Three panic-inducing words: “Find a Partner…”

This post is the first in a short series on helping students with disabilities work in pairs and small groups. Today’s focus: Reasons group work is difficult for students with special needs.

As teachers or volunteer leaders in schools or churches, we encourage students to collaborate and work together…it’s an important skill (and a necessary one!) However, students with hidden disabilities often struggle with this type of activity.For them, the three most frightening words uttered by teachers might  be “Find a partner.” They are all-too familiar with the feeling of being chosen last for a study group…or not being chosen at all.

Often, students with hidden disabilities lack the skills necessary to work effectively with a partner or small group. Reasons for this may include:

  • Poor impulse control.  Students may blurt out answers, talk about irrelevant topics or leave the group to work on something else.
  • Difficulties with taking turns.  Students might interrupt their peers or demand the first turn (and, if they don’t get it, they might become angry)
  • Social anxiety.  Working in a group can be so stressful that it causes physical symptoms, such as an upset stomach, racing heart, or sweating. Students who experience this might be unable to take part because they feel unwell.
  • Problems with expressive language. Sometimes, students have difficulty retrieving information at the same speed as their peers; they need extra “wait-time” to collect their thoughts.
  • Struggles with perspective-taking. Working in pairs or groups requires cooperation…and that means being able to understand another person’s perspective. This is a sophisticated skill that can be elusive for many students with hidden disabilities
  • Difficulty with task completion. When students work in groups, they often need to complete tasks at home. Students with hidden disabilities sometimes struggle with organization and task completion.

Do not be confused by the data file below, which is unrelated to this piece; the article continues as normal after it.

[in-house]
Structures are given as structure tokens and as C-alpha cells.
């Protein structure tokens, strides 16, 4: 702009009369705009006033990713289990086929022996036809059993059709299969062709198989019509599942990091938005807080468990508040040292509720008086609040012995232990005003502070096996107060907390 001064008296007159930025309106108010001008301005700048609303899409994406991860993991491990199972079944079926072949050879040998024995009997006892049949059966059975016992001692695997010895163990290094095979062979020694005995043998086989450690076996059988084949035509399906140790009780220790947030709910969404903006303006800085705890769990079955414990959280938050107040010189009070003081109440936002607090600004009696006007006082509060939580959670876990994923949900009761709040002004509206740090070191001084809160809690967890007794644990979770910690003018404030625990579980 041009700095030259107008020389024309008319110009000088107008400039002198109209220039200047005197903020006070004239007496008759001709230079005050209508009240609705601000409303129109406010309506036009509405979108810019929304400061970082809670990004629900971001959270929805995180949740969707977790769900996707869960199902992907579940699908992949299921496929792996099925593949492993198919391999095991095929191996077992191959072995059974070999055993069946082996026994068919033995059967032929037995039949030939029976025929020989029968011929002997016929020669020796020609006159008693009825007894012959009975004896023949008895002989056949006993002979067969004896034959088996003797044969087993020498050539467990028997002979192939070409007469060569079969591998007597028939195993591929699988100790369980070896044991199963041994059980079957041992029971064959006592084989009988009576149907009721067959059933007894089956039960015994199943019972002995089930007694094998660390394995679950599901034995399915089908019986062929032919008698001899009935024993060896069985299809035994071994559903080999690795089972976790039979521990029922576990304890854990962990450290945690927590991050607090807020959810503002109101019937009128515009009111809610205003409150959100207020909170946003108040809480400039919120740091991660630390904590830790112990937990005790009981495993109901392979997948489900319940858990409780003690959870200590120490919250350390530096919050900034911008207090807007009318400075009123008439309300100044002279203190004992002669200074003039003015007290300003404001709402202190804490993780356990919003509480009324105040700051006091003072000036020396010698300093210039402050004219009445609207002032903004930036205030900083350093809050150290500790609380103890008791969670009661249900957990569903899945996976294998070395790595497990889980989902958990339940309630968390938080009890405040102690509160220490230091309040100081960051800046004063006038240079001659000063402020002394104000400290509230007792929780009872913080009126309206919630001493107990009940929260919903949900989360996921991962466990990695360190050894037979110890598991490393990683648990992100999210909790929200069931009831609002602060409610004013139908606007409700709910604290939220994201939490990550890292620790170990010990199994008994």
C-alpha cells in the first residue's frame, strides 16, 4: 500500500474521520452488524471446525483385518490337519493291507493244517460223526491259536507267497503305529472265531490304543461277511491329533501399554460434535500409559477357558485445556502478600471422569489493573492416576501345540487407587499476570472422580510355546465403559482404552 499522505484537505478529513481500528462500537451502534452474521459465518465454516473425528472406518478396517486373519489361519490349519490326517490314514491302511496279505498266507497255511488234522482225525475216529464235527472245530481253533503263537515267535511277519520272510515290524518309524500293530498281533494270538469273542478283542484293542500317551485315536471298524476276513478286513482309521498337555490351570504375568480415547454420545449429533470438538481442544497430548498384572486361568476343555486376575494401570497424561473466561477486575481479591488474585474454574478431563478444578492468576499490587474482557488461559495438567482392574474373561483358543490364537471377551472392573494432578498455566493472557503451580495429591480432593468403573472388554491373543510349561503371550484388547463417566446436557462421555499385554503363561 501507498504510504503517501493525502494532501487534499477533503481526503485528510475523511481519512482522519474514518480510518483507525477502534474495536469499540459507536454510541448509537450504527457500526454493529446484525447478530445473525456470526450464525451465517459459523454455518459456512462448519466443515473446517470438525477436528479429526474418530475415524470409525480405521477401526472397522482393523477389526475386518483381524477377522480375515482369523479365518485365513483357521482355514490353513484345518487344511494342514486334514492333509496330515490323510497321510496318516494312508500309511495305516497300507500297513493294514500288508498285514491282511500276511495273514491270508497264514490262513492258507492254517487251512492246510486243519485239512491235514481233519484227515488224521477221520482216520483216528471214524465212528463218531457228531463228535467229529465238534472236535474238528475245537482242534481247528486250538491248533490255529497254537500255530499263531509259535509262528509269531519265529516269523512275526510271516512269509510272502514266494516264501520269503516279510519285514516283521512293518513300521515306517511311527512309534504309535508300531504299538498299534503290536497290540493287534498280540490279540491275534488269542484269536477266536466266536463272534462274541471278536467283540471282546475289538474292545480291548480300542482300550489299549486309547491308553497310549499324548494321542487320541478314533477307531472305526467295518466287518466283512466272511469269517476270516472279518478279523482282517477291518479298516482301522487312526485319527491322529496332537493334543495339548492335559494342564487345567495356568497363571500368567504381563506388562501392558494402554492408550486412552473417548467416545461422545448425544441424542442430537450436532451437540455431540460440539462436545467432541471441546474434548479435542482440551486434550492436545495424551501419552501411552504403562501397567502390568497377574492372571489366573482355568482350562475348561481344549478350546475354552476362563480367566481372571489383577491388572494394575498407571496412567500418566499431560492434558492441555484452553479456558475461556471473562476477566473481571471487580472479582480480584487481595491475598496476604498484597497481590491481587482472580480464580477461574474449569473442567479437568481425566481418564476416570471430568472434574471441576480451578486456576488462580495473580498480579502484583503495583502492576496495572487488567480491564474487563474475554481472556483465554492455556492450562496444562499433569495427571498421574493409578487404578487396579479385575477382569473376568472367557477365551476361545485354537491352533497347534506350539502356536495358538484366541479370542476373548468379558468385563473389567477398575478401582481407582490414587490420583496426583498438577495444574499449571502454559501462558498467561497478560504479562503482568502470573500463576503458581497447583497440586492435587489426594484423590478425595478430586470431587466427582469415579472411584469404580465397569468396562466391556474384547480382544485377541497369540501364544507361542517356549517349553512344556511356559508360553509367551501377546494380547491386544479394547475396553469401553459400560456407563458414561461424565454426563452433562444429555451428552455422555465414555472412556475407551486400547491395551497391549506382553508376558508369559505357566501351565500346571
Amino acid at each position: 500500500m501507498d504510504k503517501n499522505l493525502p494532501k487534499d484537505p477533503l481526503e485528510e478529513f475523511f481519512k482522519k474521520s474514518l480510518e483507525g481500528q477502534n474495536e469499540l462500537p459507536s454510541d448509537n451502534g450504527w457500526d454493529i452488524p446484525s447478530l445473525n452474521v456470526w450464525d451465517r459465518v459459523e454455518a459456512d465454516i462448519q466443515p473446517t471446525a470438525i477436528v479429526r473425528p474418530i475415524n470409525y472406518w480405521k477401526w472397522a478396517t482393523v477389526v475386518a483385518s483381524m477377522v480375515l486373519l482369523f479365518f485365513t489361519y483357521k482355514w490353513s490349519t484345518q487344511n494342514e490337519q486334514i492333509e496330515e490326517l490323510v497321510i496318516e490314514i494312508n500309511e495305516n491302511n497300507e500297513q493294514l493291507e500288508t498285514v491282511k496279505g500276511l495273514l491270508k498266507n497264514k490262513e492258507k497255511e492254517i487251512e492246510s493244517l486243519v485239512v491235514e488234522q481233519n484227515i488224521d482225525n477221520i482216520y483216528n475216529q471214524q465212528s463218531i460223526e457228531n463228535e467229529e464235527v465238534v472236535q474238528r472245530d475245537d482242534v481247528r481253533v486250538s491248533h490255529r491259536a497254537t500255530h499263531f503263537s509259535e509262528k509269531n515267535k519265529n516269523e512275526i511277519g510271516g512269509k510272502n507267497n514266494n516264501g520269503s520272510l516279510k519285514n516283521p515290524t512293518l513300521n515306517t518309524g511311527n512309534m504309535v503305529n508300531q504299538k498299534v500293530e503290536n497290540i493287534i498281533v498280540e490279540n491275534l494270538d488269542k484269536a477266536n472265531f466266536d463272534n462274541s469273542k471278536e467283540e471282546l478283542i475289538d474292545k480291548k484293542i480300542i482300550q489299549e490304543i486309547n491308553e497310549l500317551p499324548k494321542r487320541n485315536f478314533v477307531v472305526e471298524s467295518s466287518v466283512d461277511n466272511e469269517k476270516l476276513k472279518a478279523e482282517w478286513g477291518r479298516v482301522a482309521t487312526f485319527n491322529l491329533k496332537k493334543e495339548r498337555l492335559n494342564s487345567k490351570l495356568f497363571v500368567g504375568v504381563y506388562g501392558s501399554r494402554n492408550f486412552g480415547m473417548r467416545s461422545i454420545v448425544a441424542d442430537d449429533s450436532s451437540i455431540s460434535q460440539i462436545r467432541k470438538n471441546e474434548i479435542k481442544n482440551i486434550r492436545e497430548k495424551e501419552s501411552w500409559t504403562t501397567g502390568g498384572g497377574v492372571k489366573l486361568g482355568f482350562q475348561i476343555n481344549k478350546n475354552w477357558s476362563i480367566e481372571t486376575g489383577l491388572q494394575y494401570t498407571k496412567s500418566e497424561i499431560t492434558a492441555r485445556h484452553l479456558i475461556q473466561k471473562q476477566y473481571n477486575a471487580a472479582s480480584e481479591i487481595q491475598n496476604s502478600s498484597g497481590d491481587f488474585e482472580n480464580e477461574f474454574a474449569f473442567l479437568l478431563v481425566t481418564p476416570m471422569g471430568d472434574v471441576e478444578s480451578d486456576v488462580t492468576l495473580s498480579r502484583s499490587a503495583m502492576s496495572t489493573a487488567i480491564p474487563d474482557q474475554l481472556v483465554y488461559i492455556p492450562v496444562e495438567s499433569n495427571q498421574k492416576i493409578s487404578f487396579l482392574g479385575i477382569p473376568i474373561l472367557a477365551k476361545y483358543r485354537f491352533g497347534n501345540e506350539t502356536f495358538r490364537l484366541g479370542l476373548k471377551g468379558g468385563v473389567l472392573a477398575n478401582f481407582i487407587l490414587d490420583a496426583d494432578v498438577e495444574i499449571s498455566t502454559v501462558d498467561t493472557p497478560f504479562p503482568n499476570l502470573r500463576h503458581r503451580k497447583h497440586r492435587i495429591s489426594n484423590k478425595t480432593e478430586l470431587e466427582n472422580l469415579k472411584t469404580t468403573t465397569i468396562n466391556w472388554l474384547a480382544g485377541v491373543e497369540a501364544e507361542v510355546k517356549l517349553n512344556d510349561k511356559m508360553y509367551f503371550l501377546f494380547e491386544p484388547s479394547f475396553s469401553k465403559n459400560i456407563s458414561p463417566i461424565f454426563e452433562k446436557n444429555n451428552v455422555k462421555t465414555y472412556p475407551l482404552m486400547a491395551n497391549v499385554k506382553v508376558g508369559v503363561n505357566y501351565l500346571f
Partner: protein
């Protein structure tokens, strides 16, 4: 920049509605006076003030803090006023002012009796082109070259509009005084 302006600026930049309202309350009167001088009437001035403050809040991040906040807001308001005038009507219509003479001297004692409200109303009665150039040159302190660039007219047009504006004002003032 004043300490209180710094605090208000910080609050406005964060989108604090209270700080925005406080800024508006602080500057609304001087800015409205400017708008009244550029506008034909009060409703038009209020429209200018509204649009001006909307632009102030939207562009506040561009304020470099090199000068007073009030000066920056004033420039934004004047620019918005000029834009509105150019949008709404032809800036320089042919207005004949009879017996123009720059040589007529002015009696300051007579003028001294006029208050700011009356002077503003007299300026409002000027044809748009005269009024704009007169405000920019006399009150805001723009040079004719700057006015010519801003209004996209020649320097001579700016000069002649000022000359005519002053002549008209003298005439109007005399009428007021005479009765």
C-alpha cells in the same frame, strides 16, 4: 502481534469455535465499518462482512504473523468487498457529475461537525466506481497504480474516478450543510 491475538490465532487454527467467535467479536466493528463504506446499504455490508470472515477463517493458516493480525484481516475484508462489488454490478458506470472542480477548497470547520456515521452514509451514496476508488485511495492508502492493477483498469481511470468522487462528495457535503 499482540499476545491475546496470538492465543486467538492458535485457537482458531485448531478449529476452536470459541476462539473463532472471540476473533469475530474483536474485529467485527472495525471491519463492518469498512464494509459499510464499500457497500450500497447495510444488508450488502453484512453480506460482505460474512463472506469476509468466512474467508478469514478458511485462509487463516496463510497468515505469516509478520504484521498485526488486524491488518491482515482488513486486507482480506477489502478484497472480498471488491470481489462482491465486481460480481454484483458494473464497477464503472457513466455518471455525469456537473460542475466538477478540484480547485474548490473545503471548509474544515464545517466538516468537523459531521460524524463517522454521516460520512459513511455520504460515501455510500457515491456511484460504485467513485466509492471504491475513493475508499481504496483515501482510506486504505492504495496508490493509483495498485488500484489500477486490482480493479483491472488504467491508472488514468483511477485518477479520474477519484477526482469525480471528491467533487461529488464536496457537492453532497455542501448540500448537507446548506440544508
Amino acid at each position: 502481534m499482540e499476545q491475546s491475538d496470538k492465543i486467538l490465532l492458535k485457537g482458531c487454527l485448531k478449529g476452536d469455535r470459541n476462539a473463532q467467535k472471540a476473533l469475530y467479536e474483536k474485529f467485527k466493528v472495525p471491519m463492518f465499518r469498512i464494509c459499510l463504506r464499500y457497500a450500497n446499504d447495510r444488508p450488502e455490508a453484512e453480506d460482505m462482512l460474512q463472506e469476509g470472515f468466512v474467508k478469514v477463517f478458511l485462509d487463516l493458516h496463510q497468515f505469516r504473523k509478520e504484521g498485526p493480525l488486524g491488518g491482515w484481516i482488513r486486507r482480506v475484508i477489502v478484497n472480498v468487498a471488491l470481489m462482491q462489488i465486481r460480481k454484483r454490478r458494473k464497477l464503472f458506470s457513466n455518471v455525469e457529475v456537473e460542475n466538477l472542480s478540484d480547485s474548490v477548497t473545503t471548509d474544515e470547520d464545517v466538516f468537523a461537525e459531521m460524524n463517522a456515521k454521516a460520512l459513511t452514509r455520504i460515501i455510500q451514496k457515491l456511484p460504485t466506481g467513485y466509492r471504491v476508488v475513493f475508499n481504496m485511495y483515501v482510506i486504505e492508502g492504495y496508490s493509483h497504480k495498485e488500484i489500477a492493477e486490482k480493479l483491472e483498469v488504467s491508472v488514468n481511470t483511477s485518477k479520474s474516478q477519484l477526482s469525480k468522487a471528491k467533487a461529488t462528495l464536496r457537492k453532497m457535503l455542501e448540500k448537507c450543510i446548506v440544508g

• Low frustration tolerance. Sometimes, students with hidden disabilities are quick to become upset or angry when the group does not agree with their ideas, or when they perceive that the work is not going according to the “right”plan. When this happens, they may become frustrated and angry with their peers. They might also have difficulty regulating their emotions.
  • Uneven skill development. Sometimes, students with disabilities may be very capable in some academic areas, but have tremendous difficulty in others. When a group assignment requires them to perform in a less-developed skill set, they may be embarrassed and reluctant to participate.

The good news? These students CAN — and should–work in pairs and small groups. They just need explicit instruction in order to be successful. (and the truth is, EVERY student benefits from such instruction.) As teachers, we need to plan the students’ interactions just as carefully as we plan our own teaching.

Stay tuned! Next week, we’ll talk about how teachers and volunteers can smooth the way for great group work!

Your partner in planning~
Katie

Meet My Child! {Proactive Partnering in One Page}

The teacher looked at me with a mixture of frustration, embarrassment and exhaustion.

“So what do you want me to do?”

I tried…oh, how I tried, to be diplomatic. However, my own exhaustion and frustration took over, and I replied tersely, through clenched teeth, “I just want you to follow the IEP. Have you read it?”

He didn’t respond.